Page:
Apr 7 2010

New Orleans Cuisine

Brett Anderson


Galatoire's Restaurant in New Orleans. Photo by Infrogmation


Brett Anderson has been the restaurant critic at New Orleans's Times-Picayune for a decade. In addition, he writes about food for a number of other magazines and newspapers. Here are his top five favorite books about the region's cuisine.

American Cooking: Creole and Acadian

From the fantastic series of cookbooks put out by Time-Life in the 1970s, American Cooking answers, in well-researched detail, the age-old question: What's the difference between Cajun and Creole?

Gumbo Tales: Finding My Place at the New Orleans Table by Sara Roahen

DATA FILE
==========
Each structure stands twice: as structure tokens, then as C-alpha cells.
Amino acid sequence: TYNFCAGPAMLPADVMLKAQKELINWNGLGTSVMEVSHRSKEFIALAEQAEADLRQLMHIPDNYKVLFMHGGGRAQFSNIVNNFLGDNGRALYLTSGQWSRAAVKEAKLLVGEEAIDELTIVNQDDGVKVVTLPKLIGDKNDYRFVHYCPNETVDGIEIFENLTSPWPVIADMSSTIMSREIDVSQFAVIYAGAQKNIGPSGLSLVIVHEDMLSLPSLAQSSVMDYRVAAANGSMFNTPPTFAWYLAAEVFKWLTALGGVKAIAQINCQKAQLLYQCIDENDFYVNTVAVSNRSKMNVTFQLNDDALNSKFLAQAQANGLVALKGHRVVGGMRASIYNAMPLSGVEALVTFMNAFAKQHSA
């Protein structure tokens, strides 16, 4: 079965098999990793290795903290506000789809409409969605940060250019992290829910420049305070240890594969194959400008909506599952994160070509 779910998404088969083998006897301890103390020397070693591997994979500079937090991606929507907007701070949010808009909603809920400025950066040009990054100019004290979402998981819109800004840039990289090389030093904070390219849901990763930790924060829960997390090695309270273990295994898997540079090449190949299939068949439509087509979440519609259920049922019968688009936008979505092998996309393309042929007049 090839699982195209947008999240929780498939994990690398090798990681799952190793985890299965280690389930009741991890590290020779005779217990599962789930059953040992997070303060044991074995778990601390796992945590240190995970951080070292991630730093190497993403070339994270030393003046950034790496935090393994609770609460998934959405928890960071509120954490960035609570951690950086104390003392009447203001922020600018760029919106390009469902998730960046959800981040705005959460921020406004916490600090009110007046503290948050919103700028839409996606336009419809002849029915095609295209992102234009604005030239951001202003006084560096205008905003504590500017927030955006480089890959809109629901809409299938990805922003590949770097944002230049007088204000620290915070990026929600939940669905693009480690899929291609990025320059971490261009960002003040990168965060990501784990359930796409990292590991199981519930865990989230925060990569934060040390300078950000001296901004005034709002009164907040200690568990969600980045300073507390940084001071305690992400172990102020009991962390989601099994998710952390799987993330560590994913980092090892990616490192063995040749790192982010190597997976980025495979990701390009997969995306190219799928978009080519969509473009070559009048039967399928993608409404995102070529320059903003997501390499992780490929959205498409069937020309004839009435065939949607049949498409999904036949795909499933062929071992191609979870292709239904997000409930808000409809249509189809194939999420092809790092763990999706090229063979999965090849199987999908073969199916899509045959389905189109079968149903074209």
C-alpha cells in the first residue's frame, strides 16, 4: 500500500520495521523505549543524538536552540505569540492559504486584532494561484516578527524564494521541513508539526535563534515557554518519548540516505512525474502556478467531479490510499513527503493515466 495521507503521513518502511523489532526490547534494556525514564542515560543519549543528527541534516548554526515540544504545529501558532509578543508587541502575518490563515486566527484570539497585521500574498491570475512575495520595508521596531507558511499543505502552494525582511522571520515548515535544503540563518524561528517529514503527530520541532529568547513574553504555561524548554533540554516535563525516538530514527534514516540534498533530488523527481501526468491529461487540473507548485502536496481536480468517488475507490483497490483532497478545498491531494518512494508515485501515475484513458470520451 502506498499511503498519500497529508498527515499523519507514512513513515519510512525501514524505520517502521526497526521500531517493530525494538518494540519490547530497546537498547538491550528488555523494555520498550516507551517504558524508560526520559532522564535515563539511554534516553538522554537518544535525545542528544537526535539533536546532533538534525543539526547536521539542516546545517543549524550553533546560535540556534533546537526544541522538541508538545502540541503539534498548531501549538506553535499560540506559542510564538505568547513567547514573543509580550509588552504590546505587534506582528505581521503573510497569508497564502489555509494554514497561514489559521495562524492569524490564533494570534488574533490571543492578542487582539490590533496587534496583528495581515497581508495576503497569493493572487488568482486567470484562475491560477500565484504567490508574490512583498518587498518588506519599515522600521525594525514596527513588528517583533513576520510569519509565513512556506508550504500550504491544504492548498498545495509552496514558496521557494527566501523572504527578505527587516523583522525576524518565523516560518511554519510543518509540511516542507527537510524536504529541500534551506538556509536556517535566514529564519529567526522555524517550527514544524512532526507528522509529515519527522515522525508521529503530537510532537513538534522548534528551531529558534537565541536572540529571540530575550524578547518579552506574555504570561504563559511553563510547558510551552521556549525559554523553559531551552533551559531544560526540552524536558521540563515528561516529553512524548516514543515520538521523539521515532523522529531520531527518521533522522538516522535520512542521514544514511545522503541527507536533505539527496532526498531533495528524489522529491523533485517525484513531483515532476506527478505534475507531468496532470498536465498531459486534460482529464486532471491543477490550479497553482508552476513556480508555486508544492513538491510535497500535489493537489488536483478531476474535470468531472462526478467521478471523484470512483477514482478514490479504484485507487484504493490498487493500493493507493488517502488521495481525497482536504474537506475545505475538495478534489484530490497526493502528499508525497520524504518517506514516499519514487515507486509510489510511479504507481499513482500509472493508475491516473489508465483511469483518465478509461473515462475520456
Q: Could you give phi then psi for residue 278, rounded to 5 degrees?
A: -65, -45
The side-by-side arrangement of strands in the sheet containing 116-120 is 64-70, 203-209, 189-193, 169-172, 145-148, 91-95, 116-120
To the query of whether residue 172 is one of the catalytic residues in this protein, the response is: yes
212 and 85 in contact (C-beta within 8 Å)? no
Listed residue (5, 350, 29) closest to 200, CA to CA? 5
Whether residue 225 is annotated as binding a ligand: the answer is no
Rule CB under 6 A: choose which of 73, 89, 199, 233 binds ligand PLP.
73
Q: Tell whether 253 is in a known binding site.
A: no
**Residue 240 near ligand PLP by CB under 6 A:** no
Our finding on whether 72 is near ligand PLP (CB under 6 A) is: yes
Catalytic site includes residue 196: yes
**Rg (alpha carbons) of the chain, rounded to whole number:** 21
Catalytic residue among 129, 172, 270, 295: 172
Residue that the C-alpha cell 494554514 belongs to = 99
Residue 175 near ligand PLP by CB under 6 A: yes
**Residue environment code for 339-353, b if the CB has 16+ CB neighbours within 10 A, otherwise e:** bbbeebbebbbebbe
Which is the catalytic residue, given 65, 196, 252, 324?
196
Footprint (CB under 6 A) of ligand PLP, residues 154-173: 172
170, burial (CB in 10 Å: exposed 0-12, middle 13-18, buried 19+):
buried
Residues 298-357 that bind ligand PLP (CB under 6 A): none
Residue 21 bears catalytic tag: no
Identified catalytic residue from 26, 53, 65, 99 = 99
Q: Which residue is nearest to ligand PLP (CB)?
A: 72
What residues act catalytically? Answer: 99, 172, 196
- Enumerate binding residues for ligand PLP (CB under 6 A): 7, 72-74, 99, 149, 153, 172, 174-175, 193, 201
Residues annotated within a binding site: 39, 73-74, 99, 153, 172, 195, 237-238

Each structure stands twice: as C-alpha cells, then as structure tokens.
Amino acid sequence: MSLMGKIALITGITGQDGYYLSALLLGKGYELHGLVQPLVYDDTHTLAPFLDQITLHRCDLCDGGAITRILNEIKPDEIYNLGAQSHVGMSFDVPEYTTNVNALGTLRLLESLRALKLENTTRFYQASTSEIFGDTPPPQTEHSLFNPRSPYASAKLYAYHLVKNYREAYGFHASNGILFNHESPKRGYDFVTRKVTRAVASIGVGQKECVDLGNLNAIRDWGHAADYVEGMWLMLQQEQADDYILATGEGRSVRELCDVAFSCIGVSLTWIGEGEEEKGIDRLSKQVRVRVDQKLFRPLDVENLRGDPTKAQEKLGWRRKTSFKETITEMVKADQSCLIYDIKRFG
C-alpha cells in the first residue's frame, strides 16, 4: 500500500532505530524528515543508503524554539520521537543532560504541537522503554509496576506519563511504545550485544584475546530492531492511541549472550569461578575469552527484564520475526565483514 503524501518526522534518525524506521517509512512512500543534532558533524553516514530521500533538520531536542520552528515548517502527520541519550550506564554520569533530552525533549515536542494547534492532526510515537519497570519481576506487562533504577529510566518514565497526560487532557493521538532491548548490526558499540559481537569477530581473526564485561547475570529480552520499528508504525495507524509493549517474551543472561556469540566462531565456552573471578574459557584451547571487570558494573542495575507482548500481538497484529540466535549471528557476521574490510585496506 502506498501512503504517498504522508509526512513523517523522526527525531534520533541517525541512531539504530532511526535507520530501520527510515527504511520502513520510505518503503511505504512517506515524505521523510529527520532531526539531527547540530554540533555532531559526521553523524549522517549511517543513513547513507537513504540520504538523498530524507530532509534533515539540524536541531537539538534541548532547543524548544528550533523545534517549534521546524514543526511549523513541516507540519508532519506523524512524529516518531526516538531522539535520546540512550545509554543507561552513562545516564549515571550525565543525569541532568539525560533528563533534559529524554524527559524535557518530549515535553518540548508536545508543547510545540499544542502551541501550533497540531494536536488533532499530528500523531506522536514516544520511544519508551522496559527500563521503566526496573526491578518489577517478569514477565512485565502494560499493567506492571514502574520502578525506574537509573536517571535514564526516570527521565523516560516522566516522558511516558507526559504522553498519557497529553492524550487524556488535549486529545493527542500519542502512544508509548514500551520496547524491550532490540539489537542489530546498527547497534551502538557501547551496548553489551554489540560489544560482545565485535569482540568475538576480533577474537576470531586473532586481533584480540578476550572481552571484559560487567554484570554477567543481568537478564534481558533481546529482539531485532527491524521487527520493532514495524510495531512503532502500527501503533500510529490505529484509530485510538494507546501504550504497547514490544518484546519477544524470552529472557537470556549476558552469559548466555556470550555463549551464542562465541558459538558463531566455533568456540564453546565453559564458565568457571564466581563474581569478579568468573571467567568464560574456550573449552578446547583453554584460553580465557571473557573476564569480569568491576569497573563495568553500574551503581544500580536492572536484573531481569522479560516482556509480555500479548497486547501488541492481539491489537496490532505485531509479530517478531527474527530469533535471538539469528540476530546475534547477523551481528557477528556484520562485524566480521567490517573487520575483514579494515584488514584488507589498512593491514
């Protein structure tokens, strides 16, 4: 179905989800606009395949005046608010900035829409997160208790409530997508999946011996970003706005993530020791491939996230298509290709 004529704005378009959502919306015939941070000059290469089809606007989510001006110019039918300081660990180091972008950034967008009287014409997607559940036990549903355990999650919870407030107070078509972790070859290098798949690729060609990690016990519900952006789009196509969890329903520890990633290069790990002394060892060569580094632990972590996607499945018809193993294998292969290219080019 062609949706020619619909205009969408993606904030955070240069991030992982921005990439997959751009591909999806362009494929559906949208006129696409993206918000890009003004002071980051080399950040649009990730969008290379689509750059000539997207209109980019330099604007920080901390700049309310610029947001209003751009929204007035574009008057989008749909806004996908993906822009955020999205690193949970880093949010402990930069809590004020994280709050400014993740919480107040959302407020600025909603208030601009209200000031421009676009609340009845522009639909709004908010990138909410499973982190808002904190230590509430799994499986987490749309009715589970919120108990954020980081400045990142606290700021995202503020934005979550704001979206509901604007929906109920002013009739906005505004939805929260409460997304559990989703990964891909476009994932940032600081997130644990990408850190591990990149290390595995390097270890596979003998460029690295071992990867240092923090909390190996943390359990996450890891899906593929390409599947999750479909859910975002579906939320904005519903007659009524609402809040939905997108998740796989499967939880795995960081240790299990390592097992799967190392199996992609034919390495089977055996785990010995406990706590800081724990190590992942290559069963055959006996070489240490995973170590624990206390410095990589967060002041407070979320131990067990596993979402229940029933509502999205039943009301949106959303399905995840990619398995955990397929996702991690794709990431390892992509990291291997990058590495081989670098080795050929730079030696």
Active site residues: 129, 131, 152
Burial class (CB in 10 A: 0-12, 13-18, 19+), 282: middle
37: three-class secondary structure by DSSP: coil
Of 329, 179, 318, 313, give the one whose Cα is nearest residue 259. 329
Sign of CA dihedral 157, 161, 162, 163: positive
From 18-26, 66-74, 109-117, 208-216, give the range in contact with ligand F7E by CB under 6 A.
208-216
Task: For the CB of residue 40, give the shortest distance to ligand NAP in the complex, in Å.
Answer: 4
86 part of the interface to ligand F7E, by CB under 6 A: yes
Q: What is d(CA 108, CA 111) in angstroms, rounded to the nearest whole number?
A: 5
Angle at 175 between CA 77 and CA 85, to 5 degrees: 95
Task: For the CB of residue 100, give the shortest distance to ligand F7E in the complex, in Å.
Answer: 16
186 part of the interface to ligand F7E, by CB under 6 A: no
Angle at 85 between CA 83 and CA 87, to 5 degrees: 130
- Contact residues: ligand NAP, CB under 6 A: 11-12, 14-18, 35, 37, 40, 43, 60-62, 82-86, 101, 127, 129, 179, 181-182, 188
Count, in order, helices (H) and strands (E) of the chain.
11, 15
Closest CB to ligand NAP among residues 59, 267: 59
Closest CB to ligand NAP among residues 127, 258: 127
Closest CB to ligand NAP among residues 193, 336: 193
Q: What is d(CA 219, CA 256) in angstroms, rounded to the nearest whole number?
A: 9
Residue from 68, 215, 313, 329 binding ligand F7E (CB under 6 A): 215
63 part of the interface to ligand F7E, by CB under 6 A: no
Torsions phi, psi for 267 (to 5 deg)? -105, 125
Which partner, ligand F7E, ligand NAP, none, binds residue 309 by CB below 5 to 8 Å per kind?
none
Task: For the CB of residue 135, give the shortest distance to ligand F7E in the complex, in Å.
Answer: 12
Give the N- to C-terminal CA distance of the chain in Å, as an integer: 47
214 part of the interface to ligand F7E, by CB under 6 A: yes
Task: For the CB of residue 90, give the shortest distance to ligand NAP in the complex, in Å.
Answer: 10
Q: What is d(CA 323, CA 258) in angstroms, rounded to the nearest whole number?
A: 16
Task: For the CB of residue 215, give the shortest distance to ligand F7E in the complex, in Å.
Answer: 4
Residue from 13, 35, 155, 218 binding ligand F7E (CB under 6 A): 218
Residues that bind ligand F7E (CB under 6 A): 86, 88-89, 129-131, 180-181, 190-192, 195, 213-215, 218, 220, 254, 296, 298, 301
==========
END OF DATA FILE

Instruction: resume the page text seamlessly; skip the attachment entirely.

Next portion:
This beautiful, heartfelt, uncheesy food memoir—an increasingly rare thing—taps the vein of emotion running through New Orleans cuisine.

Chef Paul Prudhomme's Louisiana Kitchen

Simply put, this is Cajun food's answer to Mastering the Art of French Cooking.

Commander's Kitchen by Ti Adelaide Martin and Jamie Shannon

Cowritten by the chef of the quintessential modern New Orleans restaurant,
Commander's Palace, this book explains how to do haute Creole at home.

The Picayune's Creole Cookbook

While today better for reference than for instruction, it would be difficult to understand the food of New Orleans without consulting this classic book, first published in 1901.

This list first appeared in the April/May issue of Bookforum, accompanying Melanie Rehak's column on New Orleans food and Tom Fitzmorris.

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